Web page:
By Korban Stone | Find Korban on LinkedIn  Find Korban on Twitter  Find Korban on Social
In an effort to provide the most accurate answer for how long marijuana stays in your system, we set up a simple submission form where people can report their drug test results. This study started in 2011 and was used to create the only statistical drug test passing probability calculator. In 2013, we filed for our patent application. Since then, we’ve continued to use the thousands of responses to update and increase the accuracy of our calculator formulas, and have released a detailed report of our submission data with a state-by-state breakdown of drug test rates and racial discrimination. After reading this information, use the calculator to determine your odds of passing a drug test. If time permits, check out our guide about detox products and dilution. For those who might be sensitive to cannabis withdrawal symptoms, CBD may provide some relief.

Background

Tetrahydrocannabinol, commonly known as THC, is the primary chemical compound found in marijuana that is responsible for the euphoric “high” that cannabis consumers experience. It is an extremely hydrophobic (water fearing) organic compound that is metabolized and broken down by the body into about 80 different metabolites. Because of the hydrophobic nature of these metabolites, polar molecules like water do not “stick” to and dissolve them, like they do when breaking alcohol and most other substances down. Instead, these metabolites associate themselves with non-polar compounds, such as alkanes, oils, and body fat – where THC and related molecules are stored to be metabolized and broken down at a later time.

Marijuana THC & THC-COOH Compounds

Five metabolites of tetrahydrocannabinol, with THC-COOH being the primary one, are targeted by a multi-billion dollar drug testing industry that specializes in making money off of invading the privacy of people at every corner; pre-employment, medication pain pill contracts, insurance benefits, companies trying to evade payment of pension/retirement plans, etc. This is one of the reasons why we set up this petition to protect your constitutional rights. Unfortunately for those of us that use cannabis, it takes a considerable amount of time for these compounds to drop below detectable levels.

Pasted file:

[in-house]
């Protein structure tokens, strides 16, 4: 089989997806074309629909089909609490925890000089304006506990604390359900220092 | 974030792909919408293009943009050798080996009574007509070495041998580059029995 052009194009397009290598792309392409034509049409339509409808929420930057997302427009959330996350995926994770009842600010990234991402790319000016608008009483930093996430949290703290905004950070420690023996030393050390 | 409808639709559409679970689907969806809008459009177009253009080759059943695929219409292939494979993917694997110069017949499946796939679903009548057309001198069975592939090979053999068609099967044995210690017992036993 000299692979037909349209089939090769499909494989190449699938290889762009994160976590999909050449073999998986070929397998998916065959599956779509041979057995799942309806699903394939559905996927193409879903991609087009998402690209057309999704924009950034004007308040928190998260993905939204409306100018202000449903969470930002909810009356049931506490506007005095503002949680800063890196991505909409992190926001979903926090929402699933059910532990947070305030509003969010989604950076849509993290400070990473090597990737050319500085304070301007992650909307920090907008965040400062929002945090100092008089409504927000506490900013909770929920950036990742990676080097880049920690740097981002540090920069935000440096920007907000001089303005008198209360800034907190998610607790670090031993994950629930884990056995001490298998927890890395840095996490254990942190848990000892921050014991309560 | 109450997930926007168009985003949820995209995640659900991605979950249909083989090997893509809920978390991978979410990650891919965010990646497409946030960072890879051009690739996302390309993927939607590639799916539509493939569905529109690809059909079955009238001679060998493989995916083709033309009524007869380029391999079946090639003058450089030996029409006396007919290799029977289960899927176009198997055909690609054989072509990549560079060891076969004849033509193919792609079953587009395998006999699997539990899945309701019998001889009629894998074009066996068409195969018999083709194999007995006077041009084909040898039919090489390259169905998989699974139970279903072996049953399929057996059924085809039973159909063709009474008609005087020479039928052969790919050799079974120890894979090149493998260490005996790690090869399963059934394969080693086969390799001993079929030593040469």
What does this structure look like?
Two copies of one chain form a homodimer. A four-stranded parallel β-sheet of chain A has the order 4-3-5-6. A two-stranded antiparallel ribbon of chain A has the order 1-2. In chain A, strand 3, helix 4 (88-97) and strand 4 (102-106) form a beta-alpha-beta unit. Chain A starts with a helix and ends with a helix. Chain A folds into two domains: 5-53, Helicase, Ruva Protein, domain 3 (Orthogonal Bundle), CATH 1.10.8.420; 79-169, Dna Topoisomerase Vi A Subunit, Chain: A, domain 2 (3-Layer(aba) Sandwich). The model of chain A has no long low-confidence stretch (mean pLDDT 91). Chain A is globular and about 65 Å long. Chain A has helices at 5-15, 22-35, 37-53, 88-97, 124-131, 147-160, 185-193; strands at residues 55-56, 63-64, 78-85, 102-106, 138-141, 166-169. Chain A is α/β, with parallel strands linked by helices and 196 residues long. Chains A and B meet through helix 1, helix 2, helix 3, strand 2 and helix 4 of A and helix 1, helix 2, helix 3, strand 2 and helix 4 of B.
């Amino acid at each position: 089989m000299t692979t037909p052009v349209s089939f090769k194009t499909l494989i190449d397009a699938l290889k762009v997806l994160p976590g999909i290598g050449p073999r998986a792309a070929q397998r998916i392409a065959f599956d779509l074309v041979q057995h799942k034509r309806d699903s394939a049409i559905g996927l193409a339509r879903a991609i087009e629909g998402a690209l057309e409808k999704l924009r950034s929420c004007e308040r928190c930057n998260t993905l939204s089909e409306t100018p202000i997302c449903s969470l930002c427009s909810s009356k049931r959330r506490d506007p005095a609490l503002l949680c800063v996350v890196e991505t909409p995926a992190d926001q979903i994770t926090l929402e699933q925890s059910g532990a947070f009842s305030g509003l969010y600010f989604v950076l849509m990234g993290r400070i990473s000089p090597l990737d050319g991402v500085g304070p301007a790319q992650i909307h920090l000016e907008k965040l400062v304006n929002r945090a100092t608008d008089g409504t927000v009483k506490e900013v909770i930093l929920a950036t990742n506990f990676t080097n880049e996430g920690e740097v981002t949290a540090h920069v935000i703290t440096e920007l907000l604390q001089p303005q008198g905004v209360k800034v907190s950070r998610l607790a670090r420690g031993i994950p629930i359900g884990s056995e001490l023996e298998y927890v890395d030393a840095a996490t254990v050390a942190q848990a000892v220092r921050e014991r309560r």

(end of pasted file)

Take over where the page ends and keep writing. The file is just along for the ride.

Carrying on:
THC Concentration Levels After Consumption

Smoking is a very common way to consume cannabis. After inhalation, tetrahydrocannabinol (THC) quickly enters the blood stream through the lungs. With rapid circulation of the blood, this compound, in conjunction with a myriad of others, including CBD, act almost instantly on the human endocannabiniod system by interacting with CB1 and CB2 receptors located throughout the body.

THC has been found in studies to be immediately detectable in the body, with blood levels of THC reaching a peak at around nine minutes into smoking. For low-dose cannabis use, it can take between 3 to 12 hours for THC to drop below blood detection limits and from 6 to 27 hours for high-dose users. It should be noted that the subjects of this referenced study were not regular marijuana smokers, which may explain why THC levels in the blood didn’t last much longer than a day.

Generally, active THC blood concentrations decrease rapidly after you finish smoking due to its fast uptake into tissues. However, if the uptake tissues are saturated with THC, it isn’t uncommon for blood levels of active THC to remain high for several days in chronic marijuana users. Additionally, over time, these fatty tissues leach active THC molecules back into the blood stream (increasing the blood detection window), where the liver continues metabolizing them into non-psychoactive, THC-COOH derivatives for your body to pass (increasing the urine detection window). For chronic users, a background level of detectable THC can almost always be found in blood and urine for days.

Marijuana Detection Times

Drug tests for THC in the body are generally divided into two categories, historical use and present intoxication. Historical use includes the infamous urine drug test along with the hair follicle test. These tests almost always target the THC-COOH molecule, a non-psychoactive substance that has absolutely nothing to do with a person’s level of sobriety; used only to determine if someone used the substance in the past, regardless if use was during personal time.